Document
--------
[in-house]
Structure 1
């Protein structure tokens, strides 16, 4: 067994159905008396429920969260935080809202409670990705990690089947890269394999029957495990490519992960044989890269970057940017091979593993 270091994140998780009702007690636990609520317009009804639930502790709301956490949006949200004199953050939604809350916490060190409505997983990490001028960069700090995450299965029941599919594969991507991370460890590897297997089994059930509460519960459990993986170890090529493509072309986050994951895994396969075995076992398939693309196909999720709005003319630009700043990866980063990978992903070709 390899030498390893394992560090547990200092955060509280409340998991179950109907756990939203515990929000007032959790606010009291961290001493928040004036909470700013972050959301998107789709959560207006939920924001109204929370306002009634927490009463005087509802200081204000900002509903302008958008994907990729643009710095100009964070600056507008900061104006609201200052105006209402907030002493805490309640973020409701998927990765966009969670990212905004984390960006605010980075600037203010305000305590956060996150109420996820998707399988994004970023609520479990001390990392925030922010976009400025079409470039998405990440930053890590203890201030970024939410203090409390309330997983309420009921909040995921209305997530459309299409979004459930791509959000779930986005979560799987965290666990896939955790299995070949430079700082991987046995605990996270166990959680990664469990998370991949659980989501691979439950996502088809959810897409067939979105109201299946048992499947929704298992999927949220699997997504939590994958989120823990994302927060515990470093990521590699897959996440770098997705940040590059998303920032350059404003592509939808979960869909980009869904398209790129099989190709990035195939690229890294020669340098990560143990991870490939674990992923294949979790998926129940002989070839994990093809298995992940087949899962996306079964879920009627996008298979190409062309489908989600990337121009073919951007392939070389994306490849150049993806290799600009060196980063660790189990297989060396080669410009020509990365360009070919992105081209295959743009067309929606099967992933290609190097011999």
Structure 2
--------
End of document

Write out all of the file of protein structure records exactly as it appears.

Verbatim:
[in-house]
Structure 1
């Protein structure tokens, strides 16, 4: 067994159905008396429920969260935080809202409670990705990690089947890269394999029957495990490519992960044989890269970057940017091979593993 270091994140998780009702007690636990609520317009009804639930502790709301956490949006949200004199953050939604809350916490060190409505997983990490001028960069700090995450299965029941599919594969991507991370460890590897297997089994059930509460519960459990993986170890090529493509072309986050994951895994396969075995076992398939693309196909999720709005003319630009700043990866980063990978992903070709 390899030498390893394992560090547990200092955060509280409340998991179950109907756990939203515990929000007032959790606010009291961290001493928040004036909470700013972050959301998107789709959560207006939920924001109204929370306002009634927490009463005087509802200081204000900002509903302008958008994907990729643009710095100009964070600056507008900061104006609201200052105006209402907030002493805490309640973020409701998927990765966009969670990212905004984390960006605010980075600037203010305000305590956060996150109420996820998707399988994004970023609520479990001390990392925030922010976009400025079409470039998405990440930053890590203890201030970024939410203090409390309330997983309420009921909040995921209305997530459309299409979004459930791509959000779930986005979560799987965290666990896939955790299995070949430079700082991987046995605990996270166990959680990664469990998370991949659980989501691979439950996502088809959810897409067939979105109201299946048992499947929704298992999927949220699997997504939590994958989120823990994302927060515990470093990521590699897959996440770098997705940040590059998303920032350059404003592509939808979960869909980009869904398209790129099989190709990035195939690229890294020669340098990560143990991870490939674990992923294949979790998926129940002989070839994990093809298995992940087949899962996306079964879920009627996008298979190409062309489908989600990337121009073919951007392939070389994306490849150049993806290799600009060196980063660790189990297989060396080669410009020509990365360009070919992105081209295959743009067309929606099967992933290609190097011999």
Structure 2